Andrei Linde : biography
Andrei Dmitriyevich Linde ( born March 2, 1948) is a Russian-American theoretical physicist, the Harald Trap Friis Professor of Physics at Stanford University. Linde is one of the main authors of the inflationary universe theory, as well as the theory of eternal inflation and inflationary multiverse. He received his Bachelor of Science degree from Moscow State University. In 1975, Linde was awarded a Ph.D. from the Lebedev Physical Institute in Moscow. He worked at CERN (European Organization for Nuclear Research) since 1989 and moved to USA in 1990 where he became Professor of Physics at Stanford University. Among the various awards he’s received for his work on inflation, in 2002 he was awarded the Dirac Medal, along with Alan Guth of MIT and Paul Steinhardt of Princeton University. In 2004 he received, along with Alan Guth, the Gruber Cosmology Prize for the development of inflationary cosmology. He is a member of the National Academy of Sciences of the USA and of the American Academy of Arts and Sciences.
In 1983, Linde abandoned some of the key principles of old and new inflation and proposed a more general inflationary theory, chaotic inflation. Chaotic inflation occurs in a much broader class of theories, without any need for the assumption of initial thermal equilibrium. The basic principles of this scenario became incorporated in most of the presently existing realistic versions of inflationary theory. Chaotic inflation changed the way we think about the beginning of inflation. Later on, Linde also proposed a possible modification of the way in which inflation may end, by developing the hybrid inflation scenario. In that model, inflation ends due to the "waterfall" instability.
Cosmological phase transitions and old inflation
In 1972-1976, David Kirzhnits and Andrei Linde developed a theory of cosmological phase transitions. According to this theory, there was not much difference between weak, strong and electromagnetic interactions in the very early universe. These interactions became different from each other only gradually, after the cosmological phase transitions while the universe expanded and cooled down. In 1974 Linde found that the energy density of scalar fields breaking symmetry between different interactions can play the role of the vacuum energy density (cosmological constant) in the Einstein equations. In 1976-1978 he demonstrated that the release of this energy during the cosmological phase transitions may be sufficient to heat up the universe.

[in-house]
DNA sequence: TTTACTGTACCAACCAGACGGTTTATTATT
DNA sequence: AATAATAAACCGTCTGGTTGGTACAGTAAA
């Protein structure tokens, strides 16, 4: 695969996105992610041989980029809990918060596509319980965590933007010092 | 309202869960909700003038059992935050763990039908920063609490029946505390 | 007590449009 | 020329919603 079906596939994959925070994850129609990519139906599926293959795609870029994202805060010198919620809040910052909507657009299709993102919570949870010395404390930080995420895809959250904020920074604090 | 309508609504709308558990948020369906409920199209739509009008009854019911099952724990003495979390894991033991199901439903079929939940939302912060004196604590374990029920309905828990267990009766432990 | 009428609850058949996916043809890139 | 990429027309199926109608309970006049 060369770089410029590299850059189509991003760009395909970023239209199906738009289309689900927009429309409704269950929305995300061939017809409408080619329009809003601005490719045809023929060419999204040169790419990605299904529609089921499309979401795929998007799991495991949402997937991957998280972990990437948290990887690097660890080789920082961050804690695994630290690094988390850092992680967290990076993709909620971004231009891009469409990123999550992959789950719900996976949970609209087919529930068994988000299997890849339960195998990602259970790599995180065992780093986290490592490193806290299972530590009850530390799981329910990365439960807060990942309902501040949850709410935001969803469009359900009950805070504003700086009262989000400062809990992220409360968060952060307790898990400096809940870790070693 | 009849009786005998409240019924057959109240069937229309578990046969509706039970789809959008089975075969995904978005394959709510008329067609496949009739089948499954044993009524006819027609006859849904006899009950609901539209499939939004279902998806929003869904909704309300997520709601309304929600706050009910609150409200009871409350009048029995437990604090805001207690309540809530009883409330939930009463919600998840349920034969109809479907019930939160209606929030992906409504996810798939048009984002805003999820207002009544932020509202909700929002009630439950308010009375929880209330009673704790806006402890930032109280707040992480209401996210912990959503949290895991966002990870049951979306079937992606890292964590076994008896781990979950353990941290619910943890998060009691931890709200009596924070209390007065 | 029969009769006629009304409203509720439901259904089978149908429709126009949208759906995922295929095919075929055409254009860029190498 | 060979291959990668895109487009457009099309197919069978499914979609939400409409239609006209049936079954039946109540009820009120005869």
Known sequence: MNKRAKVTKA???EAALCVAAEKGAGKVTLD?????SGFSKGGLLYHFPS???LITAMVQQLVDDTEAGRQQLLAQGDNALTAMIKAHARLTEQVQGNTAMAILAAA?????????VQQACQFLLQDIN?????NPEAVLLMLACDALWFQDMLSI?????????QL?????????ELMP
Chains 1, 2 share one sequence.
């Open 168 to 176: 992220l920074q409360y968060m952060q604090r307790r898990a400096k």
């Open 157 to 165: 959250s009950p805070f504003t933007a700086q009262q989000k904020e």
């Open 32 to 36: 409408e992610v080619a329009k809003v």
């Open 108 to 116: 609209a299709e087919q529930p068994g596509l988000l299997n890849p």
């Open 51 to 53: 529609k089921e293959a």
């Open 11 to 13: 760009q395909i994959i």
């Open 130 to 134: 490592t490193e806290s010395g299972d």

These observations became the main ingredients of the first version of the inflationary universe theory, which was proposed by Alan Guth in 1980. This theory, which is now called "old inflation," was based on the assumption that the universe was initially hot. It then experienced the cosmological phase transitions and was temporarily stuck in a supercooled metastable vacuum state (false vacuum). Then the universe expanded exponentially (inflated) until the false vacuum decayed, and the universe became hot again. This idea attracted lots of attention because it could provide a unique solution to many difficult problems of the standard Big Bang theory. In particular, it could explain why the universe is so large and so uniform. However, as Guth immediately realized, this scenario did not quite work as intended: the decay of the false vacuum would make the universe extremely inhomogeneous.
Inflation and string theory
A significant advance in this area was obtained when the theory of inflationary multiverse was implemented in the context of string theory. In 2000, Bousso and Polchinski proposed to use the regime of eternal inflation and transitions between many different vacua in string theory for solving the cosmological constant problem. At that time, no stable or metastable vacua of string theory were actually known. A possible mechanism of string theory vacuum stabilization was proposed in 2003 by Kachru, Kallosh, Linde, and Trivedi, who also found that all of these vacua describing expanding universe are metastable, i.e. they must eventually decay. Then Douglas and his collaborators estimated that the total number of different stringy vacua can be as large as 10500, or even more, and Susskind developed the string theory landscape scenario based on investigation of cosmological phase transitions between different string theory vacua.